We Could Not Have Done It Without You

Thank you Index CardsIn this season of thanks, we would like to share our deep gratitude to the foundations, corporations, organizations, and individuals who make our work possible. Their commitment and investment in the Campaign for College Opportunity allows us to ensure that the promise of a college education is available to this generation and future generations of California students.

Our supporters have many worthy causes to which they can invest, but year after year, they affirm their commitment to college access, completion, affordability and racial equity by investing in us.

Thanks to our funders’ investments, this year we were able to:

  • Share compelling student stories through our reports and presentations
  • Issue our first-ever California Higher Education Report Card, which measures California’s progress toward producing enough college graduates to meet our state’s economic needs by 2025
  • Publish The Transfer Maze: The High Cost to Students and the State, which highlights the critical role transfer plays in producing college graduates and providing economic opportunity, as well as the barriers students who wish to transfer still face in completing their education goals
  • Establish a coalition of leaders from higher education, philanthropy, and community organizations, and state and local policymakers to develop a proactive effort to protect California’s DACA and undocumented students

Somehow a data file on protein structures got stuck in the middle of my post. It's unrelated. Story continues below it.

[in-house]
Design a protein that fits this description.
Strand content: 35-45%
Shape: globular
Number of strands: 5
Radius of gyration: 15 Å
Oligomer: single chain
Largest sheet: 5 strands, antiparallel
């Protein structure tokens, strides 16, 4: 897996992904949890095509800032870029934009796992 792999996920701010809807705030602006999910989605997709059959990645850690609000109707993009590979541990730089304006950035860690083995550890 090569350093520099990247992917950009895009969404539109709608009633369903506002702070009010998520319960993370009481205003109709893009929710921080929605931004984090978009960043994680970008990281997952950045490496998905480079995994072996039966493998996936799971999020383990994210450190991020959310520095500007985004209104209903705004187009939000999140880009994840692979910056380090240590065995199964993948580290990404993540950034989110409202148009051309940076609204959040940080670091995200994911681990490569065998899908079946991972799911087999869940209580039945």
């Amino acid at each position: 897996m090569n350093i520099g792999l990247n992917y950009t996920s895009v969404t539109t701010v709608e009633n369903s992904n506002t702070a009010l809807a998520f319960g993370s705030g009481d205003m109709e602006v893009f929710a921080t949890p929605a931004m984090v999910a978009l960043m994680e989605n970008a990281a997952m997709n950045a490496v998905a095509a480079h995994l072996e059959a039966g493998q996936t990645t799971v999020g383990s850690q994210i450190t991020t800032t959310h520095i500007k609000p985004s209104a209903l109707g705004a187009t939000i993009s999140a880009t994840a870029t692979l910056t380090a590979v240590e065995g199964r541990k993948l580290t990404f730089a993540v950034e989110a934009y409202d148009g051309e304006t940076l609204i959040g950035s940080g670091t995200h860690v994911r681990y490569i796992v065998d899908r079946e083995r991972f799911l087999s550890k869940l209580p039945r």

• Advocate for funding and policies that accelerate students toward college completion by improving placement, transfer, and affordability.
  • Honor the exemplary leadership of the people and institutions crucial to ensuring student success, and highlighting these institutions as examples for best practices to inspire other colleges and universities

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All Students Should Have Access to Alternative Math Pathways

By Jacquelyn Lowe, recent graduate of Humboldt State University and a former Statway student at Pierce College in Los Angeles.
Republished from the Los Angeles Daily News

As someone whose college dreams were almost derailed by remedial math courses, I was thrilled to learn that the California State University system will no longer require intermediate algebra as a remedial pre-requisite for general education courses.

I’ve always wanted to be a writer, and throughout high school and college, I excelled in speech, debate, and all of my English classes. But math was my greatest obstacle.

When I enrolled at Pierce College, I didn’t pass the intermediate algebra placement test and learned I would have to take three semesters of remedial math before I could take a course that would transfer to CSU. After years of struggle, the idea of redoing high school math for a year and a half seemed like a deal breaker. I began telling myself I didn’t need a college education. After all, I grew up in a working-class family, already had a job in sales, and was raised by a single mother who made a living without a formal education.